SEAFORD AND CUCKMERE VALLEY 145
the river Cuckmere, is picturesque, and here the wayfarer will find some delightful tea gardens.
When I reached Litlington, the August afternoon seemed to give the village street a sort of thick, sleepy stillness smelling of meadow-sweet and hay—the farmers were all behind with their hay this year—and the old Plough and Harrow Inn, weather-tiled to the ground, took on a deep red shade. And over all the bees filled the hot August air with their humming.
One mile beyond Litlington and directly opposite to Alfriston is Lullington—a very small village. The church deserves a visit, as it is one of the smallest in England. Measured externally it is only twenty feet long and about the same wide. Some ruins prove it to be only the chancel of a former church.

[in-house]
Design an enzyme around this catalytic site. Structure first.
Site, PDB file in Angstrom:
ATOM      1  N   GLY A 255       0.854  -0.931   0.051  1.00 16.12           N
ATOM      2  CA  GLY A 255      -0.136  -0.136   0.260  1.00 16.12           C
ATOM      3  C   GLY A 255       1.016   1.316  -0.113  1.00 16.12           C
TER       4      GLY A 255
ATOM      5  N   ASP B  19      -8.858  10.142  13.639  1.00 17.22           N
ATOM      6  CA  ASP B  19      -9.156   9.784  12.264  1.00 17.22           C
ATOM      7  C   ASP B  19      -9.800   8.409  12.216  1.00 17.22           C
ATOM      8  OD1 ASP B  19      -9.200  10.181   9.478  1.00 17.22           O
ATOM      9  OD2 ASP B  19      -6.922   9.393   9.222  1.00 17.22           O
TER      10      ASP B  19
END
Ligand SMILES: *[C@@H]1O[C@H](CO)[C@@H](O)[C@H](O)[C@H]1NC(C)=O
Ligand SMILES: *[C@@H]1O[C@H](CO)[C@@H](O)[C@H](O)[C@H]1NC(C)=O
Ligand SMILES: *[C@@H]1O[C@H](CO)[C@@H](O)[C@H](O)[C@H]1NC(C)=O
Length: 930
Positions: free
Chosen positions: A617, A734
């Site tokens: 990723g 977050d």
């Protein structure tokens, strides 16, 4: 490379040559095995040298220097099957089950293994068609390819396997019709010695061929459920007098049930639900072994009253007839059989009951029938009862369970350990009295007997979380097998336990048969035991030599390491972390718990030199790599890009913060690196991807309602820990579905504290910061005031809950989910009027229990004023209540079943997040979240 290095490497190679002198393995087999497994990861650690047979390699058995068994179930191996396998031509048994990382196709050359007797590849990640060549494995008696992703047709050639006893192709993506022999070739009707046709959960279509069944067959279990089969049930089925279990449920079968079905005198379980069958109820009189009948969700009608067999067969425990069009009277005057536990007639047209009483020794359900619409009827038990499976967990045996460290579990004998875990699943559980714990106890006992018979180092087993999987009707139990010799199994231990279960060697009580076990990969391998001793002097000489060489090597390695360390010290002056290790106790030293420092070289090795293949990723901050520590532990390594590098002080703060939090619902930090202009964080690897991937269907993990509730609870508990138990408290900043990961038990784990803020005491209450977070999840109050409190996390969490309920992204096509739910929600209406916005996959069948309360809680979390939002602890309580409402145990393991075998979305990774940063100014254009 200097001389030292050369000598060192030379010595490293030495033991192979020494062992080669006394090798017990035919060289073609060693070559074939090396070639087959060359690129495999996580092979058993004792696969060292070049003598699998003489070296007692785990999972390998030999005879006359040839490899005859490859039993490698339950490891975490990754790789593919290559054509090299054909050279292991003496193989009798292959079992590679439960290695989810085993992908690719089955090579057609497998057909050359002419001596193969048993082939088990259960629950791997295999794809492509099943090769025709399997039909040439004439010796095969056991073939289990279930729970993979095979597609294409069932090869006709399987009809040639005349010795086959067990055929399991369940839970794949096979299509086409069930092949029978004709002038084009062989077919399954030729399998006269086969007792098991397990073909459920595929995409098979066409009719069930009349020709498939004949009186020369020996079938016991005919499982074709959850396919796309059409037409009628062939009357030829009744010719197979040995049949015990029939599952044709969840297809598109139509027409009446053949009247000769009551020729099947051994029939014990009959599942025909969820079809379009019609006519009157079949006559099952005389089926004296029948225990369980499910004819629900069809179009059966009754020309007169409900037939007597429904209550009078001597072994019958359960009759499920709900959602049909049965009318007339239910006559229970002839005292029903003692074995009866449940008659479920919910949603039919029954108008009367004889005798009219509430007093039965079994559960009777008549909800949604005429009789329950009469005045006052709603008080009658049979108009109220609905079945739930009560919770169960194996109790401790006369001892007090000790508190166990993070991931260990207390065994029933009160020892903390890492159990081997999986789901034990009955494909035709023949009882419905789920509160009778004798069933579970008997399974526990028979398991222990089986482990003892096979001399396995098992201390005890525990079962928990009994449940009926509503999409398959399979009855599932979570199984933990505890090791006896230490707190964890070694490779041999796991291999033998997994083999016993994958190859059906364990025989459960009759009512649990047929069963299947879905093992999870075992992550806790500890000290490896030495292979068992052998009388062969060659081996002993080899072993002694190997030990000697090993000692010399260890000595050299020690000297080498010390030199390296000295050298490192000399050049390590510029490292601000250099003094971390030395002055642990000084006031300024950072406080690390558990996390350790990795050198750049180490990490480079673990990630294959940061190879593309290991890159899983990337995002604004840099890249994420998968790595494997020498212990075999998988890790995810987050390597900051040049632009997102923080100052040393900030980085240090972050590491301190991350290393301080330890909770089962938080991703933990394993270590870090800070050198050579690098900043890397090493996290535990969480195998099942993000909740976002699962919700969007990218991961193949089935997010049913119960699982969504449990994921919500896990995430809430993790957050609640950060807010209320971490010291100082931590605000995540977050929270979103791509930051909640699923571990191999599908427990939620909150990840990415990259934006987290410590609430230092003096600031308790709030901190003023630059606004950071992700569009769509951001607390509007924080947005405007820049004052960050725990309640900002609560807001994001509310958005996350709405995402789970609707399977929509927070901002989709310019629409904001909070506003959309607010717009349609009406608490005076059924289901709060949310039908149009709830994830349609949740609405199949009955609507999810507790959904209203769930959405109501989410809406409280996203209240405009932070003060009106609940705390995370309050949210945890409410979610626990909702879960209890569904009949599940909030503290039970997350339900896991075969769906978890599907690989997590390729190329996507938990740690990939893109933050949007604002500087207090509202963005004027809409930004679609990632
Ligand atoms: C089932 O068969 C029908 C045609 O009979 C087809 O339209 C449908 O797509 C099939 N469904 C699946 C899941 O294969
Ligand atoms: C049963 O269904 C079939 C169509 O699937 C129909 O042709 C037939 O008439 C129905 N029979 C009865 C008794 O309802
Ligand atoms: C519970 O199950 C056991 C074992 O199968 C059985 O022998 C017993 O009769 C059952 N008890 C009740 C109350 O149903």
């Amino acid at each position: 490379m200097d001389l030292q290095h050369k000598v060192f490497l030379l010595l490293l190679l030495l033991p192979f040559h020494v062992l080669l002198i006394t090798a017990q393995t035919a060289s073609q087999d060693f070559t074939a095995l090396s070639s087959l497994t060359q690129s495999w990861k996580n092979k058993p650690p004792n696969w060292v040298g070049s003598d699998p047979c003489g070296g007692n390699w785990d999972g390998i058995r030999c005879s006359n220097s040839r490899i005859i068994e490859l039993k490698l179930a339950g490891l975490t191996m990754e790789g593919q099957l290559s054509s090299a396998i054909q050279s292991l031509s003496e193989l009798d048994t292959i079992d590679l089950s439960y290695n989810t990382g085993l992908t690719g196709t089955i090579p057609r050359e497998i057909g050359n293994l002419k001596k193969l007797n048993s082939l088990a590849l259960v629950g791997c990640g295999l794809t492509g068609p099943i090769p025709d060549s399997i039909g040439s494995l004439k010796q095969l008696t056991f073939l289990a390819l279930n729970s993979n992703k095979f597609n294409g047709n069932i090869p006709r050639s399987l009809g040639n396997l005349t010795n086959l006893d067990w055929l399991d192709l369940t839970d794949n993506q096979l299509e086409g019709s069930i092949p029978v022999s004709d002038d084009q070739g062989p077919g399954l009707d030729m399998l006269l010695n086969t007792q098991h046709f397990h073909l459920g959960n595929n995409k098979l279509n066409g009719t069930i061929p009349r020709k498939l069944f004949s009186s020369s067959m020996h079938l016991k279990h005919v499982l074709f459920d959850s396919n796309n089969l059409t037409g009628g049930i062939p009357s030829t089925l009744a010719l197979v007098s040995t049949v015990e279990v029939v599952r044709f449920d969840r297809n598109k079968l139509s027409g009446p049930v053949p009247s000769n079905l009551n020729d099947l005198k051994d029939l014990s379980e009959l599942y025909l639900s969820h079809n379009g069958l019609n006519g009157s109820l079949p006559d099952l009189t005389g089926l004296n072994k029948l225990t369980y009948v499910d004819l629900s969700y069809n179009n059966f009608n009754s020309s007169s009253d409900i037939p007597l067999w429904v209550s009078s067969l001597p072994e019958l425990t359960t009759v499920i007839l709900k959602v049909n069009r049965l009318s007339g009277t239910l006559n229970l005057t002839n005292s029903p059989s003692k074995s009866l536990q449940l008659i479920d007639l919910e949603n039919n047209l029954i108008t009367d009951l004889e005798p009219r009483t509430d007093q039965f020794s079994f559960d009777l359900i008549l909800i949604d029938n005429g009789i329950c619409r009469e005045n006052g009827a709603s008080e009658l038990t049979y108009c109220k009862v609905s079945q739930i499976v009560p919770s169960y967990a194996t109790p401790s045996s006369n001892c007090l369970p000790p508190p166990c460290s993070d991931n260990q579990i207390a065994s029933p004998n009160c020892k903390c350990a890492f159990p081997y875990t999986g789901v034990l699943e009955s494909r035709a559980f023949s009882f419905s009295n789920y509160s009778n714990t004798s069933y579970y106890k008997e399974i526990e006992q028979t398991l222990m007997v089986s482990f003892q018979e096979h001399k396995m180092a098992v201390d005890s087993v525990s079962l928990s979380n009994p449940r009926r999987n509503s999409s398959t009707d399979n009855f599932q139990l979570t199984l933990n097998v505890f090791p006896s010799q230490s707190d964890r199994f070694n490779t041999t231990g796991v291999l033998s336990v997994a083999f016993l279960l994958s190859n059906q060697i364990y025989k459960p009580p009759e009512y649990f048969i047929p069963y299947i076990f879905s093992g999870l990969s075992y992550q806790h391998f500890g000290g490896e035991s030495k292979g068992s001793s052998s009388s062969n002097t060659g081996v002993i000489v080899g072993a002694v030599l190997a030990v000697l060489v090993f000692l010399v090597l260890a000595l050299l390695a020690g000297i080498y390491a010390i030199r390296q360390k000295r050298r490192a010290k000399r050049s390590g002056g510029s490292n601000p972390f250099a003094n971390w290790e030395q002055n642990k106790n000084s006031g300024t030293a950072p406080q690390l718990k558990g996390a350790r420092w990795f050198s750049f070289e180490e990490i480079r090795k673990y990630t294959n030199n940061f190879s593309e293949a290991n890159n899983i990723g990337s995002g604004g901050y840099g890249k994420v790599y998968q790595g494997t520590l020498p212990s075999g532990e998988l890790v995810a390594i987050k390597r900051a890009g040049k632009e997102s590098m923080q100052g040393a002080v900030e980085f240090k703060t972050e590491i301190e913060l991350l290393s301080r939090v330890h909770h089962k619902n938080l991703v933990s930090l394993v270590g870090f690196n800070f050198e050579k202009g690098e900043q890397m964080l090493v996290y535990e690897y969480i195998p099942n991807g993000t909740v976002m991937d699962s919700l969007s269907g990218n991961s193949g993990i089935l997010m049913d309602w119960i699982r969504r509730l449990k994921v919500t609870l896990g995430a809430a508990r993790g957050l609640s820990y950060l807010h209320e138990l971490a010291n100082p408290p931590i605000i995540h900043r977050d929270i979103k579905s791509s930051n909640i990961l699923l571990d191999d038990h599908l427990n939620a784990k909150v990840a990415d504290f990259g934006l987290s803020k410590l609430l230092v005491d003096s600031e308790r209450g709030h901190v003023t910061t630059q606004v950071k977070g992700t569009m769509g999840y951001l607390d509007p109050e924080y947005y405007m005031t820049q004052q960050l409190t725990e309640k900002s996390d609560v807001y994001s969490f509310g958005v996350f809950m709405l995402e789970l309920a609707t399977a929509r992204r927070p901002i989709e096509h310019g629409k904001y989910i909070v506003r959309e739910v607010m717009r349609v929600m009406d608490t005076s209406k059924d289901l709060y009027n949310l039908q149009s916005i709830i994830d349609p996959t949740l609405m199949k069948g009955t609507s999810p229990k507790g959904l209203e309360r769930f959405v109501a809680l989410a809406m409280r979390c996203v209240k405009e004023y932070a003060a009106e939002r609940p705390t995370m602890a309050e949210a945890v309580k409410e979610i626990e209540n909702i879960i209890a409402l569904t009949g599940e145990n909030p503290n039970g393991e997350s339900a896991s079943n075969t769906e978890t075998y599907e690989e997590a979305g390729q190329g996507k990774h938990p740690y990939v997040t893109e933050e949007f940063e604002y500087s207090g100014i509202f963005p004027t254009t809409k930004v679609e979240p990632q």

Alfriston, which has been long in sight, is soon reached. Although a mere agricultural village, it is a place of some size, and is said once to have been much larger, as the size of the church indeed implies. There is a local saying that " one half of the place is asleep, and the other half on tiptoe lest they should wake them up ! " The chief inn, " The Star," is itself worthy of a visit. This place of entertainment dates from 1520, and is thought to have been a resort of religious pilgrims